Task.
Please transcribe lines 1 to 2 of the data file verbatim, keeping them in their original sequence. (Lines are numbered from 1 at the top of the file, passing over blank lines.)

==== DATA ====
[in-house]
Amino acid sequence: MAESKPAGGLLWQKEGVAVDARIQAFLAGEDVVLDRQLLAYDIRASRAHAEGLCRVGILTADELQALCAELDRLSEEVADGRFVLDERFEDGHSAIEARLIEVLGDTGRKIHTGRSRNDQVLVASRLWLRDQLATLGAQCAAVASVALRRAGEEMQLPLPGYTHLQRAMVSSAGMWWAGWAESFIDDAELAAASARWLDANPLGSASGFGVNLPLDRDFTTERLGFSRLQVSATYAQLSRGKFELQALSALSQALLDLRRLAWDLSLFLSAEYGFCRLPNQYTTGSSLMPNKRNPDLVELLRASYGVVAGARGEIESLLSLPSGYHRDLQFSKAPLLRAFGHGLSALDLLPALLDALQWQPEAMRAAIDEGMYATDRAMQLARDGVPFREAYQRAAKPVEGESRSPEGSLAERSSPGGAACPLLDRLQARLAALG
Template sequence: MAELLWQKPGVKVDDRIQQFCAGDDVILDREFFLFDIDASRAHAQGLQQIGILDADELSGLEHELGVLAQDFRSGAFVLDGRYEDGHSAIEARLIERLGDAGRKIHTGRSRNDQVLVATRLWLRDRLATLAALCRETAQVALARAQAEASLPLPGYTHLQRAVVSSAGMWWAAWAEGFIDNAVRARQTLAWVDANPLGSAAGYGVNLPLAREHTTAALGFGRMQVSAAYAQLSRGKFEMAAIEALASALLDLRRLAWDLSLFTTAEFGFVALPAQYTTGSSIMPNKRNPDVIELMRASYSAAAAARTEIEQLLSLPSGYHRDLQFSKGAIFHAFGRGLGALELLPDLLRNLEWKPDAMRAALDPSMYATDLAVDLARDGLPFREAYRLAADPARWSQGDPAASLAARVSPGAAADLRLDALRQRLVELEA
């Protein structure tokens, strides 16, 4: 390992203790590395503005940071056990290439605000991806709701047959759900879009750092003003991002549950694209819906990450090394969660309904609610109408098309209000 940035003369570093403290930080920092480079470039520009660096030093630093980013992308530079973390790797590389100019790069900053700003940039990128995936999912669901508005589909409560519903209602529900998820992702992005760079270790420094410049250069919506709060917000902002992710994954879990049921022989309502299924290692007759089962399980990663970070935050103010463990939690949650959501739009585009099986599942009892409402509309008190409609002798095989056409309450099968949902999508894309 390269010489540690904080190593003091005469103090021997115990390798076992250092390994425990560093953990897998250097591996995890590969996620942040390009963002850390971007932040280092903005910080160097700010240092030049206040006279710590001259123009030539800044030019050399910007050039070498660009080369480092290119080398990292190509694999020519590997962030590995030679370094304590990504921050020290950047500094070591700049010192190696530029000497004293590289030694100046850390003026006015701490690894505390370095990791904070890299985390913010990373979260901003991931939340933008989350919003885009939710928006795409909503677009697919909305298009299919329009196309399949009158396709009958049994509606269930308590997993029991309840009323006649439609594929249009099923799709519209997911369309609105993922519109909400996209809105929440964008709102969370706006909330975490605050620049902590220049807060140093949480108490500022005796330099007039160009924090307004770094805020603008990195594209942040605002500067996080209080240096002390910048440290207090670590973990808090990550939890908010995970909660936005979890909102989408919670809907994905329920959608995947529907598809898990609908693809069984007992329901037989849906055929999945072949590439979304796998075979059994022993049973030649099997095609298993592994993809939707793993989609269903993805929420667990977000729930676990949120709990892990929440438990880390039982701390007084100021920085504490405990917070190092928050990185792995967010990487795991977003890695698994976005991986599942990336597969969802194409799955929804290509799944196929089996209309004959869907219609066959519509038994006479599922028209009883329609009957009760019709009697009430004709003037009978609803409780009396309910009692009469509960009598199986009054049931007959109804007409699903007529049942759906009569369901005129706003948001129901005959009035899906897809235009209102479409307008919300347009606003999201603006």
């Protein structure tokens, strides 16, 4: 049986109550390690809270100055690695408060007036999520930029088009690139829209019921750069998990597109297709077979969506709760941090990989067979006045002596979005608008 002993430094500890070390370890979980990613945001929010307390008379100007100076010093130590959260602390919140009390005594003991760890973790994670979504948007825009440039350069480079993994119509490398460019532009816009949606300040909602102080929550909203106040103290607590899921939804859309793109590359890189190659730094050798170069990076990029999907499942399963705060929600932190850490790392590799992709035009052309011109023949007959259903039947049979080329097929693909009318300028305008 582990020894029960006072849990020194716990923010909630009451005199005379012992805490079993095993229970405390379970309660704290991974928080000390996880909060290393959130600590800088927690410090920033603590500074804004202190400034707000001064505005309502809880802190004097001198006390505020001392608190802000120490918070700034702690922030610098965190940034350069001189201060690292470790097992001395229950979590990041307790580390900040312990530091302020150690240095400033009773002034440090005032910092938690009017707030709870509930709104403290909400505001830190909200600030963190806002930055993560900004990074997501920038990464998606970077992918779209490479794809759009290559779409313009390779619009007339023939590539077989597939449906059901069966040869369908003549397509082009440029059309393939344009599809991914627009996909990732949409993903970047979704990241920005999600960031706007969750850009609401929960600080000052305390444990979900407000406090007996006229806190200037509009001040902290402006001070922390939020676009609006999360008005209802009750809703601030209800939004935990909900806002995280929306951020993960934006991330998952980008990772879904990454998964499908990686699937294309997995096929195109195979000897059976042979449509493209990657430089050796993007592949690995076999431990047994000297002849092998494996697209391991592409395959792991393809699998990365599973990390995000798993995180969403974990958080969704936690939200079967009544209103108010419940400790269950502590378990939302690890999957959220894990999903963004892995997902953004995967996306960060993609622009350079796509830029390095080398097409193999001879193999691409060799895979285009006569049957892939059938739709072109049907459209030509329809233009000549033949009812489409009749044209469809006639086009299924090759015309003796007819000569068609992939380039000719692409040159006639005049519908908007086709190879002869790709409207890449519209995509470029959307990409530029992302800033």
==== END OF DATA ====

[in-house]
Amino acid sequence: MAESKPAGGLLWQKEGVAVDARIQAFLAGEDVVLDRQLLAYDIRASRAHAEGLCRVGILTADELQALCAELDRLSEEVADGRFVLDERFEDGHSAIEARLIEVLGDTGRKIHTGRSRNDQVLVASRLWLRDQLATLGAQCAAVASVALRRAGEEMQLPLPGYTHLQRAMVSSAGMWWAGWAESFIDDAELAAASARWLDANPLGSASGFGVNLPLDRDFTTERLGFSRLQVSATYAQLSRGKFELQALSALSQALLDLRRLAWDLSLFLSAEYGFCRLPNQYTTGSSLMPNKRNPDLVELLRASYGVVAGARGEIESLLSLPSGYHRDLQFSKAPLLRAFGHGLSALDLLPALLDALQWQPEAMRAAIDEGMYATDRAMQLARDGVPFREAYQRAAKPVEGESRSPEGSLAERSSPGGAACPLLDRLQARLAALG